The Future of Food: Doctor Delicious

Dave Arnold would like to fix you a gin and tonic. Sound good? It will be. It will be very, very good. It will be like no gin and tonic you have ever seen or tasted in your life. It will also be considerably more involved, shall we say, than cracking open the Tanqueray and Schweppes.
First, Arnold believes, he must clarify the lime juice. Why? Because his uncompromising conception of culinary perfection requires that gin and tonics be completely, crystalline clear, that’s why. And so, from a closet in the back of a teaching kitchen at the French Culinary Institute in New York City, behind a door labeled Caution: Nitrous Oxide in Use, Arnold wheels out a cart piled high with laboratory equipment—a rotary evaporator (rotovap) that he salvaged from Eli Lilly on eBay, cheap, and that he has jerry-rigged for just this sort of thing. At his side, FCI chef and V.P. Nils Noren supports a somewhat wobbly condenser as Arnold pours a liter of freshly squeezed lime juice, pale green and cloudy with pulp, into a teardrop-shaped Pyrex vessel. Because heat would destroy the flavors and aromas of the elixir, Arnold brings the vessel just above room temperature by partially submerging it in a bath of precisely regulated warm water. He then connects it to a vacuum so that the juice will vaporize at low temperatures.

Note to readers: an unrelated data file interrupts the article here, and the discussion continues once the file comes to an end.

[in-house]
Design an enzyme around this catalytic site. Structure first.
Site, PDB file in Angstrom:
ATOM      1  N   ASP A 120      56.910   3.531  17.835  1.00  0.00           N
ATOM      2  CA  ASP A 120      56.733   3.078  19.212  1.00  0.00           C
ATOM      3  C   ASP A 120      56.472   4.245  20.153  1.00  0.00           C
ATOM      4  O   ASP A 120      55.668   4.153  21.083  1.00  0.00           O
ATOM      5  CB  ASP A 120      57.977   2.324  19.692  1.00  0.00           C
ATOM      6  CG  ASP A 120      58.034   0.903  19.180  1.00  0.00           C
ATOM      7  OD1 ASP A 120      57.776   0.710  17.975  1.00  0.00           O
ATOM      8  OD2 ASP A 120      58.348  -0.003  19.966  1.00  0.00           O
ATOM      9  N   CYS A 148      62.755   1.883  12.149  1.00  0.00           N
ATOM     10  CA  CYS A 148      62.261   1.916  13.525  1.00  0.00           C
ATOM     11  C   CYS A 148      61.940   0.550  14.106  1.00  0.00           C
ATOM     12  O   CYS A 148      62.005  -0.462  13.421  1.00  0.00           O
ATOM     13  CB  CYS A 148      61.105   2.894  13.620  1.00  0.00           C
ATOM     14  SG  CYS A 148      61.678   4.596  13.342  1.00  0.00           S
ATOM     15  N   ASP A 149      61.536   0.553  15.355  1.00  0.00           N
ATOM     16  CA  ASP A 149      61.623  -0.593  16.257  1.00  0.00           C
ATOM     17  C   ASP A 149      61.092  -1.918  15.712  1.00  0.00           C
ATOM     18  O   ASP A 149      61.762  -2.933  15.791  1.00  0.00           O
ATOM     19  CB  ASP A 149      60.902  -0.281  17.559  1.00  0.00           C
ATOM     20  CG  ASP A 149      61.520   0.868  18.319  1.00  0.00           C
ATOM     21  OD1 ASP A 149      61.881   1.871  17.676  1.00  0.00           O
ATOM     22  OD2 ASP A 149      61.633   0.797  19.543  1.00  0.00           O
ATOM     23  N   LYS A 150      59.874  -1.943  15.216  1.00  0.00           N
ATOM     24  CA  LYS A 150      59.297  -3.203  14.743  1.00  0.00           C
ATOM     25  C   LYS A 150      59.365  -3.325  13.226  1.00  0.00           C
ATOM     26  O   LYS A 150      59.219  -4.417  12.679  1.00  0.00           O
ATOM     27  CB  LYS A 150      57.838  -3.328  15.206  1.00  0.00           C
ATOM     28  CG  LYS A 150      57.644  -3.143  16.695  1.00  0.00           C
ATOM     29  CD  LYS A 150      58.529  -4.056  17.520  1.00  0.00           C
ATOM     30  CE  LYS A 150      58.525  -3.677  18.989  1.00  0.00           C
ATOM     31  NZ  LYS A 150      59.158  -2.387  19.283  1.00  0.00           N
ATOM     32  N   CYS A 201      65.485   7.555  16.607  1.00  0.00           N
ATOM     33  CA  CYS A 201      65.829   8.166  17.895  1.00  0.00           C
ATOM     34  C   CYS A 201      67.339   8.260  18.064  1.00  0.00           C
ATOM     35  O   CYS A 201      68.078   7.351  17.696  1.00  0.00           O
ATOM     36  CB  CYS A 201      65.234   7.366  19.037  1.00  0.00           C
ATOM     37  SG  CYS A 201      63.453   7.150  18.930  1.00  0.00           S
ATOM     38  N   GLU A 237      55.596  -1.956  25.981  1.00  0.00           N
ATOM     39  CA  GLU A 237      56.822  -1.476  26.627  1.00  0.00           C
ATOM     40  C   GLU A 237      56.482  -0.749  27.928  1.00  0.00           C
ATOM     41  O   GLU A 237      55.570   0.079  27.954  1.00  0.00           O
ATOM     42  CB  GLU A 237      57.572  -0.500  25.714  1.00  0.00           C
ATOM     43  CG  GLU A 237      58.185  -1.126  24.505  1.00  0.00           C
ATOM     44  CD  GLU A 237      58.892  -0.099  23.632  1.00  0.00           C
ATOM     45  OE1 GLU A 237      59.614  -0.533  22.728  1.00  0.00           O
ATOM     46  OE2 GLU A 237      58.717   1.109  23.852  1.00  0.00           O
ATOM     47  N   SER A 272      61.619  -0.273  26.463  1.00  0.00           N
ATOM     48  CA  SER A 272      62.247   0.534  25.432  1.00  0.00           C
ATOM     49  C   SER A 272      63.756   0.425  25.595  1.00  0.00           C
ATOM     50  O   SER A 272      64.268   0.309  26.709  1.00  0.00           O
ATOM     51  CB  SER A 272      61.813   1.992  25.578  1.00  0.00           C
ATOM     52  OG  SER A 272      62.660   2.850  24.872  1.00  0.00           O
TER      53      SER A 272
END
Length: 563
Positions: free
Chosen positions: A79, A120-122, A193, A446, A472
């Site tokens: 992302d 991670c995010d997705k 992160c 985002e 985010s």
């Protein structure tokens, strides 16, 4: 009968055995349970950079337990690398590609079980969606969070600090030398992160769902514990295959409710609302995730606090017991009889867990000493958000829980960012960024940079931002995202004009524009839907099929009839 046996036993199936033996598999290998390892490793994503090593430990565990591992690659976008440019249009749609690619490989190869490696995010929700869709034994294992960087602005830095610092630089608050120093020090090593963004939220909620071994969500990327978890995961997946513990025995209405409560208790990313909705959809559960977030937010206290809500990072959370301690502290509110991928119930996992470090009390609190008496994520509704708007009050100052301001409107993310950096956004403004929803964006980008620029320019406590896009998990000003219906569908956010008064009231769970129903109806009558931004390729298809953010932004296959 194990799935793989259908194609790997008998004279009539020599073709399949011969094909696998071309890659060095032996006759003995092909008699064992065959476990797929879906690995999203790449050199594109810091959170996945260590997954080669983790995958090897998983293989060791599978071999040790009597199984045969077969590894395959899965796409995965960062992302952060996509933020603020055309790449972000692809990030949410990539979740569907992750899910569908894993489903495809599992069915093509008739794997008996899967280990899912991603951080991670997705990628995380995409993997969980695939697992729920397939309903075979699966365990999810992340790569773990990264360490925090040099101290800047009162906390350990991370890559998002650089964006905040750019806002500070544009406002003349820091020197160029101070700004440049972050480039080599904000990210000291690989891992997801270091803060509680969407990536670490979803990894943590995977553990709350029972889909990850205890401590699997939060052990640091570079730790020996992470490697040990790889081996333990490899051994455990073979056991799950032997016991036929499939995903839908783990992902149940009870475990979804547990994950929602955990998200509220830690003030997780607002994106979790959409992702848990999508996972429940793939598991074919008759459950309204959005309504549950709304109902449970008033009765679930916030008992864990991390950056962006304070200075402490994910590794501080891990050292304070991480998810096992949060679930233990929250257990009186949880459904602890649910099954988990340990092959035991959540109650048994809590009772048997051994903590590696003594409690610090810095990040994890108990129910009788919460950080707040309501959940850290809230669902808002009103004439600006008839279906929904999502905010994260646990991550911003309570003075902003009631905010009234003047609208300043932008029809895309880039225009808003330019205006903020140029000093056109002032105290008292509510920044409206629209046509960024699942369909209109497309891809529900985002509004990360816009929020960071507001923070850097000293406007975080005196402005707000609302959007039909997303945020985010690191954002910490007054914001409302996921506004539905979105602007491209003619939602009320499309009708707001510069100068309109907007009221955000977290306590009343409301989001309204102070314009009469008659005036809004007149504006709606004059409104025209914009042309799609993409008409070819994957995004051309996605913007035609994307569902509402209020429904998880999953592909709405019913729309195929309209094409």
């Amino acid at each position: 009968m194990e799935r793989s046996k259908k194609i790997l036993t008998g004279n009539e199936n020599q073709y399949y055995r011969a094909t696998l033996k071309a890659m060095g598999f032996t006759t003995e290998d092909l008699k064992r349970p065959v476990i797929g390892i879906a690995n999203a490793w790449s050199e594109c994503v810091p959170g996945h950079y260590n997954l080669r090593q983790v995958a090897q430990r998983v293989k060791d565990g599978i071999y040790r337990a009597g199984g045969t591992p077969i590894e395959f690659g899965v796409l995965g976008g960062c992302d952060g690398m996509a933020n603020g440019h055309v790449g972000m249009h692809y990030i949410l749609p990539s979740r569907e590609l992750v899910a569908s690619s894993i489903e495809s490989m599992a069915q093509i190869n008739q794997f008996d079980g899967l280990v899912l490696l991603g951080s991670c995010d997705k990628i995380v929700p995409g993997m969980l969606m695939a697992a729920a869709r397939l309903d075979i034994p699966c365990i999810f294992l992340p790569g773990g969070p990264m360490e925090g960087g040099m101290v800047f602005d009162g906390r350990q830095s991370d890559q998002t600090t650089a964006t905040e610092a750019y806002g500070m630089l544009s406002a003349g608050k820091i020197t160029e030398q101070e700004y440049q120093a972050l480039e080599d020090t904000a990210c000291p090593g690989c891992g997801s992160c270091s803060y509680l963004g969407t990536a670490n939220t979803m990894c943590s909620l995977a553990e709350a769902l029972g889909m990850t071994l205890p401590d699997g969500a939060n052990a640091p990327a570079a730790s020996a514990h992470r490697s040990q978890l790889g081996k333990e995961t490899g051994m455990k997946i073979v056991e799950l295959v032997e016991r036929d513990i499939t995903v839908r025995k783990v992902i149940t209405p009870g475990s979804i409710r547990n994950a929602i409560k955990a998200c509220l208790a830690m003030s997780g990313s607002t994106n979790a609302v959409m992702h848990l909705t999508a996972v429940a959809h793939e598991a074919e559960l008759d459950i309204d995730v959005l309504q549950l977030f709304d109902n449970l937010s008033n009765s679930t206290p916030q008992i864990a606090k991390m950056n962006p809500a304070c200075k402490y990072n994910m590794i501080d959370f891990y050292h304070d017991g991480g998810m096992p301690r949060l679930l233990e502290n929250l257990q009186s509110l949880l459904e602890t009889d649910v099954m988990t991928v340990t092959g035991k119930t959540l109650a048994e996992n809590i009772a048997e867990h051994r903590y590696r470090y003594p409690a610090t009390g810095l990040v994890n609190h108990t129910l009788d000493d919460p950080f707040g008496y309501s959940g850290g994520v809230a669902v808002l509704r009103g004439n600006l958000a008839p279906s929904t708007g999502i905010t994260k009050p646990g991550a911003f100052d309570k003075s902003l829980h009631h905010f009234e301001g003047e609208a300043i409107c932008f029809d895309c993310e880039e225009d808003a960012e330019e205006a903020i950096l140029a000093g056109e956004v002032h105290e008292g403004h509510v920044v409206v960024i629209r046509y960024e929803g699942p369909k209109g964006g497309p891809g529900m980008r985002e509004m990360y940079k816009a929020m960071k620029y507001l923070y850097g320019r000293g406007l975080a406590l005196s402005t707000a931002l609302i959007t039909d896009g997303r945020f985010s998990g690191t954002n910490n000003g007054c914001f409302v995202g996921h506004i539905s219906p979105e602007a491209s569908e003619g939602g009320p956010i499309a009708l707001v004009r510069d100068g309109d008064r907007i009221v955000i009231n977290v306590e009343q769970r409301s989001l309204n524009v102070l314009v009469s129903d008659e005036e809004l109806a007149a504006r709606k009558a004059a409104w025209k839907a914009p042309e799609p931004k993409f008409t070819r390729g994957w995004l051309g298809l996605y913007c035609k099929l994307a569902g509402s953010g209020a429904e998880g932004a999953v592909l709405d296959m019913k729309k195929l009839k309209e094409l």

Arnold flips the switch. The machine gurgles and hums, the vessel spins merrily, the lime vapor drifts up into the condenser, and an absolutely clear liquid begins dripping into a beaker. The result smells like lime, but it’s lost much of its punchy flavor in distillation. So Arnold works to bring his clarified juice back into balance. From a series of plastic bottles, he adds 4.5 percent powdered citric acid, 1.5 percent malic acid and 0.1 percent succenic acid to the solution, places the beaker atop an electromagnetic stirrer, drops in a little Teflon-coated magnetic bar, and flips the switch. Instantly, the bar begins spinning, whipping up the liquid and dissolving the powders. Voilà! Clearlime, Arnold calls it. A touch of quinine powder and some simple syrup (2:1 sugar and water), some water, and, after a couple hours of labor, he’s halfway there.

THE FUTURE OF FOOD Doctor Delicious – Popular Science